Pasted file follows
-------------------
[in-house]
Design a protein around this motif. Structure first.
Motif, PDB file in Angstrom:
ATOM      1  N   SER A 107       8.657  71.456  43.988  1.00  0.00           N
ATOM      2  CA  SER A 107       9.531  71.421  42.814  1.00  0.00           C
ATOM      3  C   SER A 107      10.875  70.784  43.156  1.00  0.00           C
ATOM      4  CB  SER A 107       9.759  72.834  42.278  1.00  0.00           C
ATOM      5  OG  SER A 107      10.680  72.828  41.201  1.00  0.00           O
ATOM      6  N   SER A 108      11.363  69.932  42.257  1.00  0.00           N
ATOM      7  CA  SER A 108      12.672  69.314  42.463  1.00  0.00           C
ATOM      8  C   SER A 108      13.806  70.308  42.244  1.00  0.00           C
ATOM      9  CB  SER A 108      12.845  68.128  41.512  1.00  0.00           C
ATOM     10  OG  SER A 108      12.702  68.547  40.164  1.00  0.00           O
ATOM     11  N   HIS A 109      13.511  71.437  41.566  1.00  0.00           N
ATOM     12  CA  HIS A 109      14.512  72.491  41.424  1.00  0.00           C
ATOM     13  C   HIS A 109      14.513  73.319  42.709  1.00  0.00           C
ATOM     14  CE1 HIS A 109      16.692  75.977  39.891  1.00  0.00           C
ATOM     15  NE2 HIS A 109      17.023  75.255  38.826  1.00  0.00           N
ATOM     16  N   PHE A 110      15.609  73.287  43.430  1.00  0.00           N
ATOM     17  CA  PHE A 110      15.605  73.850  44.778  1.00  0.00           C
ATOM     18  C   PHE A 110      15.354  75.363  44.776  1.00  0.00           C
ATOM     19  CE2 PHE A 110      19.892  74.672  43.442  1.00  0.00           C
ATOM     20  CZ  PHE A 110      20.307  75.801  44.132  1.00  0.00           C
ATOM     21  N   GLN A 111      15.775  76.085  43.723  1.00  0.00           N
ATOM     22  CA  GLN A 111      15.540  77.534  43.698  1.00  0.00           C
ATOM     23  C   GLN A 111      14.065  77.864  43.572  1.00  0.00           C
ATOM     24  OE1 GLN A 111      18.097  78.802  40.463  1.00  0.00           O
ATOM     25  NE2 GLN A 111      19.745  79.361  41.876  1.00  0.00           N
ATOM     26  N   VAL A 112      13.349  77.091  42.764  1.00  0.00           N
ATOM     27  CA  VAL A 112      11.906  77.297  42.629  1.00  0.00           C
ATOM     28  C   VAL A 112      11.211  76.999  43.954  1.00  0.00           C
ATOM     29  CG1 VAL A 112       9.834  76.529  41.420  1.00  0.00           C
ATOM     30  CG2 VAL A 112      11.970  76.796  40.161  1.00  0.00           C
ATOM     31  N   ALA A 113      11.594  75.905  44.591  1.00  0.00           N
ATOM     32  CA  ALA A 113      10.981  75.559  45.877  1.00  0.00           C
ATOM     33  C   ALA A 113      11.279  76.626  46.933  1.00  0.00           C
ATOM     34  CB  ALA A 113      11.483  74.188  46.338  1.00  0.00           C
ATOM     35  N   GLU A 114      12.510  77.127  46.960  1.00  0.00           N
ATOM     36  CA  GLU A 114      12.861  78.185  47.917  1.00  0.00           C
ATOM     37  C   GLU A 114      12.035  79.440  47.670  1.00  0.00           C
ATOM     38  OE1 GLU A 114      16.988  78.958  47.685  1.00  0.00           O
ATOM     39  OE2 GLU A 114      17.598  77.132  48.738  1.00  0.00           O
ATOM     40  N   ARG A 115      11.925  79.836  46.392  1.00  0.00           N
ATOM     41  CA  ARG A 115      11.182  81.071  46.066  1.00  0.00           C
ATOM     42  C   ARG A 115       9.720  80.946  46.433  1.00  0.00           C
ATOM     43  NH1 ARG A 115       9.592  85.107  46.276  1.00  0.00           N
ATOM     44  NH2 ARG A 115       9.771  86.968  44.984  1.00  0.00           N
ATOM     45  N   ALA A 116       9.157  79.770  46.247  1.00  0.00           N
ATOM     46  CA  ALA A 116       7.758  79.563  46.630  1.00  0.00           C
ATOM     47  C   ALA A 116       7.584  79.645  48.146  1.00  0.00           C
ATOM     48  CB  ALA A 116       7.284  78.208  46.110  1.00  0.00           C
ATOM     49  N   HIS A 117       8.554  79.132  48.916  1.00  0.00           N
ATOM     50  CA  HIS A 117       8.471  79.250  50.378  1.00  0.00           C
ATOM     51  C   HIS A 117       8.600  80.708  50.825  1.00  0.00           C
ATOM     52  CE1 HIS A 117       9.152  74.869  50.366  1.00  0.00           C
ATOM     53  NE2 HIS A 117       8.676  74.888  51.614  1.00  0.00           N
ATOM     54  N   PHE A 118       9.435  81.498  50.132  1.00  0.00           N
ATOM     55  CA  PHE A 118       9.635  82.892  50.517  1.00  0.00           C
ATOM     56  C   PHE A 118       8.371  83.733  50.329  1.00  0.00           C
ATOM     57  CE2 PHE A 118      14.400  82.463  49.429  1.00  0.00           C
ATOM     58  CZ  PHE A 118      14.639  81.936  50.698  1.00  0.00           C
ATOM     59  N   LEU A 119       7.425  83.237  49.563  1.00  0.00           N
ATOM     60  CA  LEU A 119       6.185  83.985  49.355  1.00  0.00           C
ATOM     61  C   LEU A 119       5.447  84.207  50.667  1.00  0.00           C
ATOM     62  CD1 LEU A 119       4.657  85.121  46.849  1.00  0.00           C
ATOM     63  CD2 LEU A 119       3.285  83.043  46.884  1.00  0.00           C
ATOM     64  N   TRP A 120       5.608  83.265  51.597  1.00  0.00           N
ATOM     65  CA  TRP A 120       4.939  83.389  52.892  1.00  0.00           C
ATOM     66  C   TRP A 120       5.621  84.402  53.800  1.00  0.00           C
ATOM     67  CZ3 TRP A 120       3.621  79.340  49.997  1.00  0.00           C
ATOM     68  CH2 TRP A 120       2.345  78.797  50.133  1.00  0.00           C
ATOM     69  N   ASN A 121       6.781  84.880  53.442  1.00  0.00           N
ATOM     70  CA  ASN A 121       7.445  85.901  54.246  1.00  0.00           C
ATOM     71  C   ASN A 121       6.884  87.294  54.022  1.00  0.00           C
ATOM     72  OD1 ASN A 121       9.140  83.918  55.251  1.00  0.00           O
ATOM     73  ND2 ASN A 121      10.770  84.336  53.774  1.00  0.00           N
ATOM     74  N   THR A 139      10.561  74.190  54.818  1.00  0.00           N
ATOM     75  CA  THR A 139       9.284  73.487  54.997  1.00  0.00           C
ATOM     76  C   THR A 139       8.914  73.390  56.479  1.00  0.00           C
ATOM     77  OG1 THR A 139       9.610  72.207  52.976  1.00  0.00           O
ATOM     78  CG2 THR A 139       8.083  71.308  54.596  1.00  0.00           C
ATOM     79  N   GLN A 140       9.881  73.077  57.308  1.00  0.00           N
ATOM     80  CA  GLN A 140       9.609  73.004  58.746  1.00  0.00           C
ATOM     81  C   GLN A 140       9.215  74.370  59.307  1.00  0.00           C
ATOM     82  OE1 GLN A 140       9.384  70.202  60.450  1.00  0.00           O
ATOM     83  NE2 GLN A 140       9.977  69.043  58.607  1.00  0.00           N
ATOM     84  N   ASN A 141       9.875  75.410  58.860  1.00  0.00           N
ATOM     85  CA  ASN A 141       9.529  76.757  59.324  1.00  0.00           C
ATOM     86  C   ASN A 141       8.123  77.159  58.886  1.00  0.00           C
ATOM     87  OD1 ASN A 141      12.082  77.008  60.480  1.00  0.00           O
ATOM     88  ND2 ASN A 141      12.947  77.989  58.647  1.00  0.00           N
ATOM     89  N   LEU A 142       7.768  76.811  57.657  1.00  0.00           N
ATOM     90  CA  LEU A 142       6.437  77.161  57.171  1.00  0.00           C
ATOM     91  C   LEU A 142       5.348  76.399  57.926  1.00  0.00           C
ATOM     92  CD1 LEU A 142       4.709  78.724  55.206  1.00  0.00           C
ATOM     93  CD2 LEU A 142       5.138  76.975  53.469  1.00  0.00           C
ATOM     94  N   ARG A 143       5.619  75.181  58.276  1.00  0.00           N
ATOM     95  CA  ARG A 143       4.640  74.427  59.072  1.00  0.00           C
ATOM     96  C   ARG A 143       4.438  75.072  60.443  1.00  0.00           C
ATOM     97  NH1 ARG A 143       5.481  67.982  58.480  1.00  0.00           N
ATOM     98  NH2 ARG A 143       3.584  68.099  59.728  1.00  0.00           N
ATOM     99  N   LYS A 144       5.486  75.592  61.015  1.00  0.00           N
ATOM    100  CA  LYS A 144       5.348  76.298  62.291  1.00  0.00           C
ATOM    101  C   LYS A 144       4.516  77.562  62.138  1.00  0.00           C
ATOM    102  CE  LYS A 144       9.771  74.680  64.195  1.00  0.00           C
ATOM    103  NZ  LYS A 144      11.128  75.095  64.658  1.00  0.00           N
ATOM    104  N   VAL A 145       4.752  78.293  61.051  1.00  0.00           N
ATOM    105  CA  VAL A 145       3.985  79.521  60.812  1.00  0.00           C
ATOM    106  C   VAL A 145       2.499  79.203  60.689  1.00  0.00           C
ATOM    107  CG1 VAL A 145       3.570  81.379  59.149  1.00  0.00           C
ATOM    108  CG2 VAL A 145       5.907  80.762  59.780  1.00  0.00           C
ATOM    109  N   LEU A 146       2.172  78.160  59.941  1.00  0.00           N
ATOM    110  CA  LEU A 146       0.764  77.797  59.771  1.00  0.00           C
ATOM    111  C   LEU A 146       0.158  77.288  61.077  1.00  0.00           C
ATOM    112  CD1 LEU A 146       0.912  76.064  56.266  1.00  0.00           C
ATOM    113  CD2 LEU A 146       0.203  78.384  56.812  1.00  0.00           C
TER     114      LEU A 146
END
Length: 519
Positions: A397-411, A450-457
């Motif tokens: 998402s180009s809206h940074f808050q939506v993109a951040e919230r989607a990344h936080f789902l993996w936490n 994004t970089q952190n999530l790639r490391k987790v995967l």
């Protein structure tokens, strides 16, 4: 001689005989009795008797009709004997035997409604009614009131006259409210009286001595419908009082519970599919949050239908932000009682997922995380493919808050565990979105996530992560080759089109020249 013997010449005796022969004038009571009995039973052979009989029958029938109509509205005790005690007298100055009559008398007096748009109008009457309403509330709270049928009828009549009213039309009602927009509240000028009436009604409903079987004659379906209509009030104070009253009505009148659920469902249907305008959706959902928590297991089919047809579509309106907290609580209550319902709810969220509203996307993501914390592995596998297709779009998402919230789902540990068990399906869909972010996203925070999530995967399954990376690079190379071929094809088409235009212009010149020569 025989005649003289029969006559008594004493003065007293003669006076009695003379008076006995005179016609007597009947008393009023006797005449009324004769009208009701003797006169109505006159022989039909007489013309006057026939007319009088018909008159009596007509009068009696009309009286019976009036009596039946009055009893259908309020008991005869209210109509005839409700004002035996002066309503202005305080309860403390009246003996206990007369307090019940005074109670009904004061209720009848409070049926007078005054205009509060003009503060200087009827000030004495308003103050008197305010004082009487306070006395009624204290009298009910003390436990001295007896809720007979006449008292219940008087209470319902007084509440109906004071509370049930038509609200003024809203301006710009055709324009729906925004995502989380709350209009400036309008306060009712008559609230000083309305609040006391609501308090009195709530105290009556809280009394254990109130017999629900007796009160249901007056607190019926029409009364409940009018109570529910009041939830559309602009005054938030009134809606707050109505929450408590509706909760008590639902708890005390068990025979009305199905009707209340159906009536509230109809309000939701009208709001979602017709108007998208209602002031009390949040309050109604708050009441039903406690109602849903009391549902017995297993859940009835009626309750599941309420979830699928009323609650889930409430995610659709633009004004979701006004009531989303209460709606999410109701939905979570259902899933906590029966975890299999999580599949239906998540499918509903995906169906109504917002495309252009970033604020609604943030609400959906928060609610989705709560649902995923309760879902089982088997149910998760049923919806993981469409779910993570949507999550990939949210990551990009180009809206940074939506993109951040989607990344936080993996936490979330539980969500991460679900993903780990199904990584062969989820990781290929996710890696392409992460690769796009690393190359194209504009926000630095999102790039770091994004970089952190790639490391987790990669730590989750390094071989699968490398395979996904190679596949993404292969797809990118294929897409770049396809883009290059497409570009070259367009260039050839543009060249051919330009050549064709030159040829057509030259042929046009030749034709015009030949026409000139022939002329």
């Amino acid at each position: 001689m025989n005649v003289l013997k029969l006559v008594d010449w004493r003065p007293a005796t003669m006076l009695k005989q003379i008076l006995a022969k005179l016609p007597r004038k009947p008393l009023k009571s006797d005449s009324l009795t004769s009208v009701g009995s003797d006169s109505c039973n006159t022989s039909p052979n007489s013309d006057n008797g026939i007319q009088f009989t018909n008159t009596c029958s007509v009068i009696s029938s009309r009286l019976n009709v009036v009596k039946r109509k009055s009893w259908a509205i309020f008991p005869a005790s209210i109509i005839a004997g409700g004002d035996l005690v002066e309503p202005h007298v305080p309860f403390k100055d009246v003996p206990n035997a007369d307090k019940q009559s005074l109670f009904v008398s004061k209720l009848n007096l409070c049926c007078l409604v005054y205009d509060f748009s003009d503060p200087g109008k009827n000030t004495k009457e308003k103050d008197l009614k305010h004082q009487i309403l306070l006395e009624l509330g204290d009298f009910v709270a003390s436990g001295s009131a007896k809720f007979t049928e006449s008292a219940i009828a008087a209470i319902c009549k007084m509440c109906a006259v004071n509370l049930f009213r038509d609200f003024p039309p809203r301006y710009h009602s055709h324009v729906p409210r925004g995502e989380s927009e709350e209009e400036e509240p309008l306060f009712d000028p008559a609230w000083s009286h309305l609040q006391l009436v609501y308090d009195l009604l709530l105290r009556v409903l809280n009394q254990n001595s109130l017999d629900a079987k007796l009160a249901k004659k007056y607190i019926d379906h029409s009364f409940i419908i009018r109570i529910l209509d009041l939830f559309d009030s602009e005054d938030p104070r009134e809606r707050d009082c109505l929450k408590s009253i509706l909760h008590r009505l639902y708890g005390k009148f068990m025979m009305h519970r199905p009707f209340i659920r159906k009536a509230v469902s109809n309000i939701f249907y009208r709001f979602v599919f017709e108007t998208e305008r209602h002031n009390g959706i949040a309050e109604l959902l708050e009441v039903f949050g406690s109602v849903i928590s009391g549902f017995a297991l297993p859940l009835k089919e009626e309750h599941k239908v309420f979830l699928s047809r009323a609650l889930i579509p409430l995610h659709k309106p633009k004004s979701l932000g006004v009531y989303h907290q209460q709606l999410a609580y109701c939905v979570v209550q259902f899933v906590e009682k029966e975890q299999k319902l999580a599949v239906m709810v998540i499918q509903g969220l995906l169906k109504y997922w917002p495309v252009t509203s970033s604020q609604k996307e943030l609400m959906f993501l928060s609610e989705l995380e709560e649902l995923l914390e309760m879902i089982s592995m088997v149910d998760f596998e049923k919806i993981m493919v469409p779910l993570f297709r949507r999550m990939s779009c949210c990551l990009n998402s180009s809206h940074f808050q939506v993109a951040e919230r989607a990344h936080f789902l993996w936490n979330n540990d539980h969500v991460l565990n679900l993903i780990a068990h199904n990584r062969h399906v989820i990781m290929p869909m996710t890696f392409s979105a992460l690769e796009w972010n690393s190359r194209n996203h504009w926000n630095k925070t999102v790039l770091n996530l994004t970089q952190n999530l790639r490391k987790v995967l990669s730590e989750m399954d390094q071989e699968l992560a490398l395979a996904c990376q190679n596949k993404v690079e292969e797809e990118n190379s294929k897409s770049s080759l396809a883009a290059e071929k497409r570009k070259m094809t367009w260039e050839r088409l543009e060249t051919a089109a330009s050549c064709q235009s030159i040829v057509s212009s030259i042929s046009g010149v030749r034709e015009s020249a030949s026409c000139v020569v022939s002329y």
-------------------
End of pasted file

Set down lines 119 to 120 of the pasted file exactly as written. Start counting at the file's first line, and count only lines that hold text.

Length: 519
Positions: A397-411, A450-457